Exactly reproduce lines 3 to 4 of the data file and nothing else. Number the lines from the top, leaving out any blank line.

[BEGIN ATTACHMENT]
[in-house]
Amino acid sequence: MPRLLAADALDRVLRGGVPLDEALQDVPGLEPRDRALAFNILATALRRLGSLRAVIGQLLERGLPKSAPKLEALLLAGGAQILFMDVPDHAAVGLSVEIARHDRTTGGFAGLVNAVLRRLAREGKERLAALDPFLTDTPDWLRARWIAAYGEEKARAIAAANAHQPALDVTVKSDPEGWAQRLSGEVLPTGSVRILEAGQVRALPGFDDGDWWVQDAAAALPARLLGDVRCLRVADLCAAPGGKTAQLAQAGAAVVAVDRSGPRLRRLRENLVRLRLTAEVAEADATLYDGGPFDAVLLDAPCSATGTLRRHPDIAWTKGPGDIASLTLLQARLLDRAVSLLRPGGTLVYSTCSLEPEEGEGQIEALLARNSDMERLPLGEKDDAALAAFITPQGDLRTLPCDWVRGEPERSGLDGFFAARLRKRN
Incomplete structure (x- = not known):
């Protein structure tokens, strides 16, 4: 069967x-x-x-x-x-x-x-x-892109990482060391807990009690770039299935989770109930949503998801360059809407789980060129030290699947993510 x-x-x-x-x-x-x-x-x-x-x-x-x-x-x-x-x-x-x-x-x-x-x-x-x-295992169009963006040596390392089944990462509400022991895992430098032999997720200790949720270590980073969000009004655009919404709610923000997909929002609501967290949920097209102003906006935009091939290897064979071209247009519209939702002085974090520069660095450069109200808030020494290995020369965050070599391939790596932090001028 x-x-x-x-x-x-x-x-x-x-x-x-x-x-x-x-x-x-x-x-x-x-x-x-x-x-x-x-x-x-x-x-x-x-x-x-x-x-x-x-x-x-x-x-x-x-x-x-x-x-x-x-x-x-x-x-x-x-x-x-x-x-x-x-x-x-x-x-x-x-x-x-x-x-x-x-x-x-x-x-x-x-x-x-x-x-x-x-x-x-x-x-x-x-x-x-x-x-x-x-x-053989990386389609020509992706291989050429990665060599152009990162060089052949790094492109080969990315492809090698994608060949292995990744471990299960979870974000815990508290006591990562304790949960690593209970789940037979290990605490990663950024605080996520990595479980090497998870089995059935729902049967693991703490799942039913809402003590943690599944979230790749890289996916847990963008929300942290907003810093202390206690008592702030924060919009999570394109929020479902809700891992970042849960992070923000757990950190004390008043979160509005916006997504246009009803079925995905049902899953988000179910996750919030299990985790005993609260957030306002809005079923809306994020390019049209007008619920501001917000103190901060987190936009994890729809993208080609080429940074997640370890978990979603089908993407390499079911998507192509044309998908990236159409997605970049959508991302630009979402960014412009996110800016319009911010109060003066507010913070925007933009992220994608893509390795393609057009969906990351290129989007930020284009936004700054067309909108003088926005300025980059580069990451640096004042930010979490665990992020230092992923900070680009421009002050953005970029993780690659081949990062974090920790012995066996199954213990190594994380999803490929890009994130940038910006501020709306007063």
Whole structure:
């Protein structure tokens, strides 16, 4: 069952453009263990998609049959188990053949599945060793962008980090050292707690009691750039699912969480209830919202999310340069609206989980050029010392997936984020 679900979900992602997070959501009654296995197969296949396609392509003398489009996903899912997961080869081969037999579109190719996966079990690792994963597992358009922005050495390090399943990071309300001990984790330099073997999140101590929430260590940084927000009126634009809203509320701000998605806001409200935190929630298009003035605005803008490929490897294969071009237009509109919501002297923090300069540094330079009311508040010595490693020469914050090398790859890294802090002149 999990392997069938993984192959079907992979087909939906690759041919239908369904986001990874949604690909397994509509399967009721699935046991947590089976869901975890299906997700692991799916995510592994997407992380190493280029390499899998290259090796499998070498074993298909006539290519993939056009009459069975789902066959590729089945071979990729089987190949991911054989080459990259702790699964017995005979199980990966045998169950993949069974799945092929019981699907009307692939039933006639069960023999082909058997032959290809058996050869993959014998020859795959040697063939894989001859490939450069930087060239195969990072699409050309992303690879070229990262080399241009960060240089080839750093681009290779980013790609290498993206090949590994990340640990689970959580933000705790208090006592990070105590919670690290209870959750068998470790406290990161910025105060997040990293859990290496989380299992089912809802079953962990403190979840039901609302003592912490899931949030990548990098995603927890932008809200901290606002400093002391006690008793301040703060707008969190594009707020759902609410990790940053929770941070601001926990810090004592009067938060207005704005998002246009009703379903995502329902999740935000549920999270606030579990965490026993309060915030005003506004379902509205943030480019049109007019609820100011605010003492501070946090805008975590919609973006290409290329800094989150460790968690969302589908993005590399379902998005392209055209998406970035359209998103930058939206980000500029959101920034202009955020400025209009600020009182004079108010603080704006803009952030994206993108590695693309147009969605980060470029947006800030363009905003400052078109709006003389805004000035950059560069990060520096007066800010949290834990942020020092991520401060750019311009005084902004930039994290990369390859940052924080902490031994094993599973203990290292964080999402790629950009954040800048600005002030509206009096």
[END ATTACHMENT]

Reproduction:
Incomplete structure (x- = not known):
């Protein structure tokens, strides 16, 4: 069967x-x-x-x-x-x-x-x-892109990482060391807990009690770039299935989770109930949503998801360059809407789980060129030290699947993510 x-x-x-x-x-x-x-x-x-x-x-x-x-x-x-x-x-x-x-x-x-x-x-x-x-295992169009963006040596390392089944990462509400022991895992430098032999997720200790949720270590980073969000009004655009919404709610923000997909929002609501967290949920097209102003906006935009091939290897064979071209247009519209939702002085974090520069660095450069109200808030020494290995020369965050070599391939790596932090001028 x-x-x-x-x-x-x-x-x-x-x-x-x-x-x-x-x-x-x-x-x-x-x-x-x-x-x-x-x-x-x-x-x-x-x-x-x-x-x-x-x-x-x-x-x-x-x-x-x-x-x-x-x-x-x-x-x-x-x-x-x-x-x-x-x-x-x-x-x-x-x-x-x-x-x-x-x-x-x-x-x-x-x-x-x-x-x-x-x-x-x-x-x-x-x-x-x-x-x-x-x-053989990386389609020509992706291989050429990665060599152009990162060089052949790094492109080969990315492809090698994608060949292995990744471990299960979870974000815990508290006591990562304790949960690593209970789940037979290990605490990663950024605080996520990595479980090497998870089995059935729902049967693991703490799942039913809402003590943690599944979230790749890289996916847990963008929300942290907003810093202390206690008592702030924060919009999570394109929020479902809700891992970042849960992070923000757990950190004390008043979160509005916006997504246009009803079925995905049902899953988000179910996750919030299990985790005993609260957030306002809005079923809306994020390019049209007008619920501001917000103190901060987190936009994890729809993208080609080429940074997640370890978990979603089908993407390499079911998507192509044309998908990236159409997605970049959508991302630009979402960014412009996110800016319009911010109060003066507010913070925007933009992220994608893509390795393609057009969906990351290129989007930020284009936004700054067309909108003088926005300025980059580069990451640096004042930010979490665990992020230092992923900070680009421009002050953005970029993780690659081949990062974090920790012995066996199954213990190594994380999803490929890009994130940038910006501020709306007063």